Agnes Fenton
© Amy Newman/NorthJersey.comThis July 2015 photo shows Agnes Fenton in her Englewood home. Fenton died Thursday at age 112.
The state's oldest resident, who once credited her longevity to a daily dose of Miller High Life and Johnnie Walker Blue Label, died Thursday morning in her Englewood home, three weeks after turning 112.

Agnes Fenton, who had lived in Englewood since the 1950s, was given the unusual prescription of alcohol by her doctor in 1943 for a benign tumor. She kept it up for decades, before quitting drinking in the last few years as she began to eat less and was restricted to a wheelchair and attended by her nurses.

Born Agnes Jones on Aug. 1, 1905, in Holly Springs, Mississippi, Fenton owned the Pal's Duck Inn restaurant in Tennessee, where she was one of the first black women to own a restaurant in the state. She moved north to Englewood with her second husband, Vincent Fenton, who died in 1970.

Fenton, who had no children, remained active into old age and was visited by members of St. Mark's Church in New York, of which she remained a member. She was looked after by neighbors, firefighters and Lamont Saunders of Teaneck, who knew Fenton as "Aunt Aggie."

Saunders said she remained sharp up to the end, and while she might not remember whether she had taken her medication that day, she never lost who she was and was able to recall any part of her life in detail.

"When you would sit down with someone like that, listen to her story and the journey she took, you're talking to history," he said.

He recalled her long life, and noted that many of the issues that were prominent in her youth, such as racial discrimination, are still being dealt with today.

"You look at some of the problems we're having right now and imagine what she went through when she was young," he said.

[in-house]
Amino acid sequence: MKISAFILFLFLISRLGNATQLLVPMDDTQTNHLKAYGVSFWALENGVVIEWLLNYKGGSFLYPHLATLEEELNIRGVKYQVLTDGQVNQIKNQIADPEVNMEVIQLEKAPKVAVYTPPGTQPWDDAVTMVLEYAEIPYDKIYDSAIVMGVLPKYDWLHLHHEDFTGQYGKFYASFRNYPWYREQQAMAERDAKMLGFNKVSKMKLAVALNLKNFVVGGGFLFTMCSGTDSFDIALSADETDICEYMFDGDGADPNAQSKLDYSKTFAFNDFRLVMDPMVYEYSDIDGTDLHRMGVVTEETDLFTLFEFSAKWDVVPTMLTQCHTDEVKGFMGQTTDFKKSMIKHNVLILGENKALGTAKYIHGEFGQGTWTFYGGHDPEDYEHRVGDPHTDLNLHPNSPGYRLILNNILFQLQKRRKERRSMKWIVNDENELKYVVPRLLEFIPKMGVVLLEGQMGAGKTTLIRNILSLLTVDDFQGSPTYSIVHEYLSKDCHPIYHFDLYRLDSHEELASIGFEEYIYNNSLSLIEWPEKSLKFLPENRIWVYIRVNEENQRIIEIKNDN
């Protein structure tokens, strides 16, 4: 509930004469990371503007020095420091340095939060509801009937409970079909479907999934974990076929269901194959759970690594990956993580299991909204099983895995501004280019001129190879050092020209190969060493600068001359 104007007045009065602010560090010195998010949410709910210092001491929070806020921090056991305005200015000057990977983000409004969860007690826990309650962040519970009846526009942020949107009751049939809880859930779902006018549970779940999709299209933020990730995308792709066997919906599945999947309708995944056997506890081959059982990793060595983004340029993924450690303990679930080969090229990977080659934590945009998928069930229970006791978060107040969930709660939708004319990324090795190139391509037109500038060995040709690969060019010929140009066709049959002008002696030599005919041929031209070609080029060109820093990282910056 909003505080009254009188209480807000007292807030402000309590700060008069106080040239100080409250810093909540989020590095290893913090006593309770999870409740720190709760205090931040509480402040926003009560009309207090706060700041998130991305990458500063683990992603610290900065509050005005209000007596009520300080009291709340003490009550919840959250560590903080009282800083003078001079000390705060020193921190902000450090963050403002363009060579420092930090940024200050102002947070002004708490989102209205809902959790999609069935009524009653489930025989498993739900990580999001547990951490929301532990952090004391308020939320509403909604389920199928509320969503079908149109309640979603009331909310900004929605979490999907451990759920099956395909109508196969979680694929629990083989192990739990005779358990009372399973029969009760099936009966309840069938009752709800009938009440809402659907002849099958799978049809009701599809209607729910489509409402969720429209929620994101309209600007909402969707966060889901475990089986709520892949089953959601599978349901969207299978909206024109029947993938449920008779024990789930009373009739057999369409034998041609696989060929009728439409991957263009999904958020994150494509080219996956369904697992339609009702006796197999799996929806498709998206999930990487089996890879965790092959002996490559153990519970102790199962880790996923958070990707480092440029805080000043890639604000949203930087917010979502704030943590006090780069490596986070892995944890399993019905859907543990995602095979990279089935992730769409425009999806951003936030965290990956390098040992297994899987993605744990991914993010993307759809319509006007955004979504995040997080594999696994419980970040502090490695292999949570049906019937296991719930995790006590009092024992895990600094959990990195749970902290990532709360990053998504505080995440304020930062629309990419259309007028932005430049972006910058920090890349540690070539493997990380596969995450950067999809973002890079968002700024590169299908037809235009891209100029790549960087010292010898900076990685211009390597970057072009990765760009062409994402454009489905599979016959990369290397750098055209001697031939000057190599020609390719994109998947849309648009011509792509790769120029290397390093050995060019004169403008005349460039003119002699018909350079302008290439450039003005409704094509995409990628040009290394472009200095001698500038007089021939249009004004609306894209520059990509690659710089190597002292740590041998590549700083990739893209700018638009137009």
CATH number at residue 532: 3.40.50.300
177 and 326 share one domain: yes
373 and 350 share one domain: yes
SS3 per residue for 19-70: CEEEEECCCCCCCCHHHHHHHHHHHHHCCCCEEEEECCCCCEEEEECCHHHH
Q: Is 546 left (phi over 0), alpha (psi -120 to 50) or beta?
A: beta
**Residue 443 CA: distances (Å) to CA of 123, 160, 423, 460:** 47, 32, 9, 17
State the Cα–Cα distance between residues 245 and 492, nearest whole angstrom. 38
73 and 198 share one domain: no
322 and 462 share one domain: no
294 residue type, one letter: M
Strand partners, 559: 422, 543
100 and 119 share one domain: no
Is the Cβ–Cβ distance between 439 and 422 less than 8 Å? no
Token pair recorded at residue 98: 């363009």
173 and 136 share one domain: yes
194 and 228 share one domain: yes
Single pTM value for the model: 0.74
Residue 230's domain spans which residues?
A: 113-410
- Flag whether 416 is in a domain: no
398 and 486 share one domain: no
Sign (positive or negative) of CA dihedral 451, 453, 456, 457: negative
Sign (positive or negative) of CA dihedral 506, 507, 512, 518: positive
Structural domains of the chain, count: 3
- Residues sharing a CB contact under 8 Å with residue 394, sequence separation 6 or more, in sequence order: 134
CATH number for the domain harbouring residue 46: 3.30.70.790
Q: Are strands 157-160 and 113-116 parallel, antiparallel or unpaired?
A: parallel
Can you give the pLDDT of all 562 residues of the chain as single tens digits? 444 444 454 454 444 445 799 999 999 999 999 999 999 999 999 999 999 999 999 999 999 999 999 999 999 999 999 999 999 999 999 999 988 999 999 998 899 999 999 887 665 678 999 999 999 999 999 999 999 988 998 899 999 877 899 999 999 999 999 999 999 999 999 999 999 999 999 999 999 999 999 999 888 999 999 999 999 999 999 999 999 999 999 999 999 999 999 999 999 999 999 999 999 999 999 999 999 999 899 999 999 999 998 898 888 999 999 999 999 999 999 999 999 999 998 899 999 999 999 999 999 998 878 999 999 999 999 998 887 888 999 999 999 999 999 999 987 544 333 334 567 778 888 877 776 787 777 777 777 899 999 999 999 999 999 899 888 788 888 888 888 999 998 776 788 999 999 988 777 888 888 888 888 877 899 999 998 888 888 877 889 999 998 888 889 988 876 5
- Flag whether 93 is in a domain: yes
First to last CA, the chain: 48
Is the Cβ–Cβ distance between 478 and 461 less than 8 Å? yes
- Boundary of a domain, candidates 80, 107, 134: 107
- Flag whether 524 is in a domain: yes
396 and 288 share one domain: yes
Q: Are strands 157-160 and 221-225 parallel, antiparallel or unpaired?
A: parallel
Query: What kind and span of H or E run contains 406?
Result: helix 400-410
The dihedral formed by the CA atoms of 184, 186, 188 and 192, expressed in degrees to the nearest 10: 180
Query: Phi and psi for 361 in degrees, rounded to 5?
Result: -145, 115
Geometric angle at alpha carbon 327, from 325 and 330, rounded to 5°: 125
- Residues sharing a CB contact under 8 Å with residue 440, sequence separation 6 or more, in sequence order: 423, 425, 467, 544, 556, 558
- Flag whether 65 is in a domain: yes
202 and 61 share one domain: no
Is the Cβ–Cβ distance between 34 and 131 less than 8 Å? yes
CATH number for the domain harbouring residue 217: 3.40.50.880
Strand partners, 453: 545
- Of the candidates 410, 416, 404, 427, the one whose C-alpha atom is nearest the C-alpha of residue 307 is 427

Saunders, whose late mother was a dear friend of Fenton's, called her a legend.

"She will be missed, but she will never, ever be forgotten. She had no regrets, and she enjoyed life," he said. "God has called her home, and she will be a boss up there, because that's the kind of status she had down here."

When she turned 110, Fenton credited God as well as her daily medication of the champagne of beers and Johnnie Walker for her long life.

"He gave me a long life and a good life, and I have nothing to complain about," she told The Record in 2015. "You've got to have God in your life. Without God, you've got nothing."

Jones was among 1,643 New Jersey residents who were at least 100 years old in 2010 - 280 men and 1,363 women, according to the U.S. Census Bureau. While their numbers are growing, centenarians made up a scant .02 percent of the population, or about one in every 5,350 state residents.

Fenton became the oldest living person in New Jersey when Adele Dunlap died at 114 in February.

Fenton's unusual longevity garnered her both local and national attention. She was one of 360 to 600 people on the planet to become a supercentenarian, based on estimates by the Gerontology Research Group and the New England Centenarian Study at Boston University School of Medicine. A supercentenarian is someone who has reached 110 years.

At the time, Englewood proclaimed Agnes Fenton Day to celebrate her milestone birthday, and she received letters from the governor and President Barack Obama and first lady Michelle Obama to congratulate her.

At 105, she became part of a study of human longevity at Boston University Medical Center, was interviewed by Diane Sawyer and had a portrait painted by Ahmad Stokes, who painted President Obama.

Saunders said the funeral arrangements have not yet been finalized, but he was speaking with the pastor of St. Mark's United Methodist Church about holding services there.